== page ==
Diabetes & Weight Management

The primary goal of weight management is to prevent the accumulation of excess body fat, or to reduce body fat to an acceptable level in order to prevent/aid further associated health risks such as Heart attack, stroke, angina, high blood pressure and type 2 diabetes to name but a few. Weight loss is commonly recommended for treating diabetes by improving insulin action via enhancing the insulin signaling pathways which lead to glucose transport within skeletal muscle.

If you’ve been diagnosed with diabetes, you will need to pay special attention to certain aspects of your lifestyle and health.

Diabetes doesn't have to stop you from leading the life you want. Nor does it mean you'll necessarily have other serious health problems in the future.

With careful management you can ensure you control the condition and it doesn't control you. This will allow you to stay healthy, active and to live a full life.

Without taking these measures, you are putting yourself at an increased risk of health problems, which could force you to change your lifestyle entirely.



When you were diagnosed, you should have been assigned to a diabetes care team who will have explained the most important aspects of managing your condition.

You may also have learned to monitor your blood glucose (sugar) level regularly, and to understand how it is affected by food and exercise.

If you need help to keep your blood glucose level stable, you may have been prescribed diabetes medication, or insulin to inject.

In order to stay well, it's important to use these aspects of your treatment properly. But it's also important you take other steps to help manage the condition and lower your risk of further health problems.Learning to manage your diabetes takes time, patience and effort. You may also be coping with difficult emotions after diagnosis, such as anger, confusion or depression.



Both type 1 and type 2 diabetes put you at increased risk of:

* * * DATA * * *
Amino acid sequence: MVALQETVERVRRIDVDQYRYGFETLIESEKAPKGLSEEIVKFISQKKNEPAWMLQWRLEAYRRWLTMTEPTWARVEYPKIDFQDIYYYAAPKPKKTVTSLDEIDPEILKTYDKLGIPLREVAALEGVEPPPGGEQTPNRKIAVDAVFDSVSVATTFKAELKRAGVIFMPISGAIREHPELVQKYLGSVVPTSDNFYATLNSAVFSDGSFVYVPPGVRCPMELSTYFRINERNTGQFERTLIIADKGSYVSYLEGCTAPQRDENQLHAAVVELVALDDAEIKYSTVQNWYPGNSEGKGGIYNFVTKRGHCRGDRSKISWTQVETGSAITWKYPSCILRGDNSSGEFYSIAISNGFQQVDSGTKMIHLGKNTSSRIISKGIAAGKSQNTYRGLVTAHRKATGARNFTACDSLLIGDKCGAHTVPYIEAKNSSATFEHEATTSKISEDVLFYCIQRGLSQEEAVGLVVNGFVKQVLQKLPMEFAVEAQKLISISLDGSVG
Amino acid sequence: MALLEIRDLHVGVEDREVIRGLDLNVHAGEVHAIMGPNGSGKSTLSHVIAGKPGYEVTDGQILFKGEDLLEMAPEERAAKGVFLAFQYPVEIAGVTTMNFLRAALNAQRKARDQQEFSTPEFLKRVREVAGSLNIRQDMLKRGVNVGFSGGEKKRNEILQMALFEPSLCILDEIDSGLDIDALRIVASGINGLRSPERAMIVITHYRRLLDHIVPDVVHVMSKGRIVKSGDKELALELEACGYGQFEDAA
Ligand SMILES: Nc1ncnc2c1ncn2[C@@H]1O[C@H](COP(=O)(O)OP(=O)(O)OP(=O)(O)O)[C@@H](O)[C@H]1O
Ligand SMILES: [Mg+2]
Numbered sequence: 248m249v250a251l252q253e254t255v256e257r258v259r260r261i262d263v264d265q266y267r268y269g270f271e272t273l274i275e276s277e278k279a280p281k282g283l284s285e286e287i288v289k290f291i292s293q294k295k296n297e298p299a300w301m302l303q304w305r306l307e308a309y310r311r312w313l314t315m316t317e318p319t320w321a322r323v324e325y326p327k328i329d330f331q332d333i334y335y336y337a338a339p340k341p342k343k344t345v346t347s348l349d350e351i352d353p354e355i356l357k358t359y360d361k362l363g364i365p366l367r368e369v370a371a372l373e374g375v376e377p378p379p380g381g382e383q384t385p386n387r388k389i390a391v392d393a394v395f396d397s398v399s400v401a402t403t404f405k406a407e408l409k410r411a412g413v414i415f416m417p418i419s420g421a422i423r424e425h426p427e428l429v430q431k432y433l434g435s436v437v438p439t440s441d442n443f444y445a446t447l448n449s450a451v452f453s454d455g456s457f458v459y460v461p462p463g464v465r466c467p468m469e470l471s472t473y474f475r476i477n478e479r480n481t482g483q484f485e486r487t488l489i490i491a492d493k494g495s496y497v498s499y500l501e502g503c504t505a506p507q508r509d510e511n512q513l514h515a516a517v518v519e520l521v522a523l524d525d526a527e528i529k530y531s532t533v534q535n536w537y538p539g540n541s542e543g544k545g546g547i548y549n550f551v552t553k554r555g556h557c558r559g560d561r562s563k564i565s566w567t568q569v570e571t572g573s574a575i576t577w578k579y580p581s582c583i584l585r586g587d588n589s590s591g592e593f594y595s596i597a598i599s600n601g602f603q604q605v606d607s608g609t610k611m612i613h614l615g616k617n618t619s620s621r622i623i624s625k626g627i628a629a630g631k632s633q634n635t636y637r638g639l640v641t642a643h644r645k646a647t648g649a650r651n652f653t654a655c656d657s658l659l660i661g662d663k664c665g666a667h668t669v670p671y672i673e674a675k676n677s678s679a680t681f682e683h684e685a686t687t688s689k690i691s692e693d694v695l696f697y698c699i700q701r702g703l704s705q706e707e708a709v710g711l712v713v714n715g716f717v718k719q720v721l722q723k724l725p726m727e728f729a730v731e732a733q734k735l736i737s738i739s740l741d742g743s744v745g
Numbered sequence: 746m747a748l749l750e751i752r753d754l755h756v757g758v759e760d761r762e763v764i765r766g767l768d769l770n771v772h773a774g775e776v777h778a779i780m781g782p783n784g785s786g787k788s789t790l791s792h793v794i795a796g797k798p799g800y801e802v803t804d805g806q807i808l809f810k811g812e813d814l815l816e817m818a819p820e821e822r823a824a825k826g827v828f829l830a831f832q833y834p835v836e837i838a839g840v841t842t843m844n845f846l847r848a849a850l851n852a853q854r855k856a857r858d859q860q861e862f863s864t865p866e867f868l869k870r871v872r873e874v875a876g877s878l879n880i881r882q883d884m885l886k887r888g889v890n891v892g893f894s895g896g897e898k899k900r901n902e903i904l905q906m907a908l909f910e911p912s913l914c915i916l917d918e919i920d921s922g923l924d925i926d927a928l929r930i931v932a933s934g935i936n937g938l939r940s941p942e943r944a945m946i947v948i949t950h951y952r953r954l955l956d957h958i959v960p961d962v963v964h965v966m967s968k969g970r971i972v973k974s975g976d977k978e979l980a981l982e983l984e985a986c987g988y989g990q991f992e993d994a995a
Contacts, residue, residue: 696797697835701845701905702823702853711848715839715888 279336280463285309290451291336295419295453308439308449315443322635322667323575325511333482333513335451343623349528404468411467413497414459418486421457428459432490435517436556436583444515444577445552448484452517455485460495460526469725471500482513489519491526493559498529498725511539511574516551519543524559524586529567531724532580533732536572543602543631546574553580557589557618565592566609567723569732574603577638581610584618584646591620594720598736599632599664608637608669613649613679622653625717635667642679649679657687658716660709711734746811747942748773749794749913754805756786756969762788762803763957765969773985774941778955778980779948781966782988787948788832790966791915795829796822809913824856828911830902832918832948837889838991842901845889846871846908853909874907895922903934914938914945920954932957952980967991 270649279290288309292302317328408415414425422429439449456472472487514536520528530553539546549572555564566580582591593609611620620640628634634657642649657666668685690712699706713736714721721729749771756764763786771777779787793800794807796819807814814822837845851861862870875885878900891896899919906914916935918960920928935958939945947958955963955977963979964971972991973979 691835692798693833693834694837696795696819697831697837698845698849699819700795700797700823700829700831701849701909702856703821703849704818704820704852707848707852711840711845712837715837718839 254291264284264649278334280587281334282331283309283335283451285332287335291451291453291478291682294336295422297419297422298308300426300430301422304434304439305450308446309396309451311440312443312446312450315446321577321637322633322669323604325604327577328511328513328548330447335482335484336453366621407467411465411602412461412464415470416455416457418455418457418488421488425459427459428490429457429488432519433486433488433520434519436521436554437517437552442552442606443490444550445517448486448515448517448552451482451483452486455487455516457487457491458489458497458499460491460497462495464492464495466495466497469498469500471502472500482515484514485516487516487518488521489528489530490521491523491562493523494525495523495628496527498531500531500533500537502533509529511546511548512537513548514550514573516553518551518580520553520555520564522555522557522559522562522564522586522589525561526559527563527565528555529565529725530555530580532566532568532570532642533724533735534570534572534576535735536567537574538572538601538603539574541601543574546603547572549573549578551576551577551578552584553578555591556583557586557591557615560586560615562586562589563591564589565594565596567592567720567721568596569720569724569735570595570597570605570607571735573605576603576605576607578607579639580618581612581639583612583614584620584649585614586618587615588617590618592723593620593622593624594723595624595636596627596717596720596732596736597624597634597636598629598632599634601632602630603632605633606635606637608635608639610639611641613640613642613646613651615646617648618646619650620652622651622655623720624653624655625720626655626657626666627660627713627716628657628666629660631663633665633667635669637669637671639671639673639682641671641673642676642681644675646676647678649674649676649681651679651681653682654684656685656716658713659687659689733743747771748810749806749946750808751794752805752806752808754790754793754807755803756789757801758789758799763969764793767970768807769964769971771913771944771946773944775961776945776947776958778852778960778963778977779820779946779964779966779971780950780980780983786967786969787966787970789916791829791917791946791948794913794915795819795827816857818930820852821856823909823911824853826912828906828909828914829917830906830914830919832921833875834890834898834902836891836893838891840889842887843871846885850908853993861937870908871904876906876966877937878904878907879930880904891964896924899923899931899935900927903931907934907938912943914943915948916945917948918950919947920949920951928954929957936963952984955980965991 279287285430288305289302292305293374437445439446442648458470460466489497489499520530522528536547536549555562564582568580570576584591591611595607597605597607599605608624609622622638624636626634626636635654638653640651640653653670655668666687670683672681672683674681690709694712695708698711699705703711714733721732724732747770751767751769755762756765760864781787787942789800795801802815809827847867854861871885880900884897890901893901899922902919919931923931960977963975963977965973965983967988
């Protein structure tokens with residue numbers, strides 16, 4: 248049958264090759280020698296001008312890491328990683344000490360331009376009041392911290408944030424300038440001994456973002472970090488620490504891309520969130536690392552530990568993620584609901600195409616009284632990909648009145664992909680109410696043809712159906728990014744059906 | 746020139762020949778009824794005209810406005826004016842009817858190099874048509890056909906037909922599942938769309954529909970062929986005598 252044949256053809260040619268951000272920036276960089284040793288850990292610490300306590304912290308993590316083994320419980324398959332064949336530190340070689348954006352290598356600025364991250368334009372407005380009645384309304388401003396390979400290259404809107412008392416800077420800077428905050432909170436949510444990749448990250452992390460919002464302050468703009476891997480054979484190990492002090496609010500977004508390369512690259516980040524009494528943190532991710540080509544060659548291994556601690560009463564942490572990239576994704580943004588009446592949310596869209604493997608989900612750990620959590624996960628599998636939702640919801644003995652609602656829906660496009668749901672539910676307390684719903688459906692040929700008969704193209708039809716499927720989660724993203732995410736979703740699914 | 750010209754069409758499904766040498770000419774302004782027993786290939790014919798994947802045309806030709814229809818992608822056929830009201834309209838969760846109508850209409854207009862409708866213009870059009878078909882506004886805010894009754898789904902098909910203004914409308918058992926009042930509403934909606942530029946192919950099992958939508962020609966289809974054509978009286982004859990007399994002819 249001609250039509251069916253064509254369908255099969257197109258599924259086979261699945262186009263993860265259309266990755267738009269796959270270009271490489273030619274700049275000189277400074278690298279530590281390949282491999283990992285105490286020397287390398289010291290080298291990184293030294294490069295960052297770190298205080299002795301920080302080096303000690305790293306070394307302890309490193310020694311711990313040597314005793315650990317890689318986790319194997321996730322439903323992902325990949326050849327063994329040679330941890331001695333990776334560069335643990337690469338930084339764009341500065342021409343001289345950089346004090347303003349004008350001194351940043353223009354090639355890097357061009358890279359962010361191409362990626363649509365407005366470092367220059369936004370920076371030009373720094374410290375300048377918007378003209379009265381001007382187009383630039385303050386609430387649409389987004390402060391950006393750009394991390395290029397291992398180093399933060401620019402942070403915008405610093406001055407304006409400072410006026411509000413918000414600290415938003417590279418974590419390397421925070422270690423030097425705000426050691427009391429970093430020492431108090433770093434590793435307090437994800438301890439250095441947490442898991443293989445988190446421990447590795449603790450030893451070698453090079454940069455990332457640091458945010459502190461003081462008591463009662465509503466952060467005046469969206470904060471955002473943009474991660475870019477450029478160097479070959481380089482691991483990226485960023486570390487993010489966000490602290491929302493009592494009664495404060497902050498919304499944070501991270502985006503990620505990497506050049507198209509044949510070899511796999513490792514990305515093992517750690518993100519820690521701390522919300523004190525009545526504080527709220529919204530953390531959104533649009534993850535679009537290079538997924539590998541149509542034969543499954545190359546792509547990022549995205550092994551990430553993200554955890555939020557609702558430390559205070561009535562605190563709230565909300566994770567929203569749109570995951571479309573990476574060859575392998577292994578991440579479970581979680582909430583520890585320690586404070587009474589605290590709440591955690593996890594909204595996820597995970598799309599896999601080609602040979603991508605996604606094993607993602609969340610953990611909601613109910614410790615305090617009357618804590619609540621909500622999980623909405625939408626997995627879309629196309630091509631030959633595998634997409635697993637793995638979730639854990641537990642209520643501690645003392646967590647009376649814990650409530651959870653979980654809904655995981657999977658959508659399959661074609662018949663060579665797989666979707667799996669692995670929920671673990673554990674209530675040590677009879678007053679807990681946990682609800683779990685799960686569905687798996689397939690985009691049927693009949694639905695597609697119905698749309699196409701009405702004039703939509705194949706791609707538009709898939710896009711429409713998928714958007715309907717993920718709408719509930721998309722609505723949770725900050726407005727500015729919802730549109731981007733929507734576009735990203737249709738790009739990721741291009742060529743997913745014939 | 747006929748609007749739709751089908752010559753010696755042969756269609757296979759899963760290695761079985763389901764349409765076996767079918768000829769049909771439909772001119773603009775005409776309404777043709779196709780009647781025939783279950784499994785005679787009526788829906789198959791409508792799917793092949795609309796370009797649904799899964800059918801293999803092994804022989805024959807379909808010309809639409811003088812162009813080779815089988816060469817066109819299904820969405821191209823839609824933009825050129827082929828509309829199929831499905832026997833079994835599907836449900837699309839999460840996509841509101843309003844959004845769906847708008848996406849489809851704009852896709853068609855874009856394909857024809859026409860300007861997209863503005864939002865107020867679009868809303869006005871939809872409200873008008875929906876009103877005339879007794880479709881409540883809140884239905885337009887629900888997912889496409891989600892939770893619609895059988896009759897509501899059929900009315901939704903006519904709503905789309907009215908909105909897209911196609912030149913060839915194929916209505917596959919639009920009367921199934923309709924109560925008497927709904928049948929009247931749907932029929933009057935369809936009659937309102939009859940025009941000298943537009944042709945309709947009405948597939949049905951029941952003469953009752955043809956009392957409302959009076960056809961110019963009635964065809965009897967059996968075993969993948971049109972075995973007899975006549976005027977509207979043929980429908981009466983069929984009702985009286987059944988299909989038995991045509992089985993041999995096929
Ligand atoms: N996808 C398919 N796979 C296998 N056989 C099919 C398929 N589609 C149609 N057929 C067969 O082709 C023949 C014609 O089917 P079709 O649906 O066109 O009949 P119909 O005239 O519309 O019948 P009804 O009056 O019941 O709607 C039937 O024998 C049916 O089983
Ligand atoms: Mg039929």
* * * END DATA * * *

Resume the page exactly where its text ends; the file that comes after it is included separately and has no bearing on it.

• Heart disease
• Stroke
• Circulation problems
• Nerve damage
• Foot ulcers
• Blindness, caused by diabetic retinopathy
• Kidney damage
• Skin lesions
• Damage to breast tissue in women
• Muscle-wasting and damage to ligaments and joints



There's a lot you can do to minimize your risk of these problems.

First, it's important you take your insulin and other medicines properly.

As well as taking your medicines or insulin, there are a few key steps you can take to prevent or delay the health complications associated with diabetes.

• Maintain a healthy weight – This will help control your blood glucose level, as well as your blood pressure and cholesterol.

• Eat a healthy, balanced diet that’s low in fat, salt and sugar – This doesn’t mean you can never eat biscuits or cakes again, but try to eat sugary and fatty foods in moderation.

• Don’t smoke – If you do smoke, find support to help you stop. Smoking increases your risk of heart disease and stroke even further.

• Get active for 30 minutes a day, five times a week – This helps you stay at a healthy weight and maintain good general health. This may include structured Physical exercise or increasing physical activity in general.

• Check your feet every day – The nerve damage that can occur in diabetes most commonly affects feet.

• Keep your appointments with your diabetes care team – Regular check-ups once every three months are an important part of managing your diabetes.

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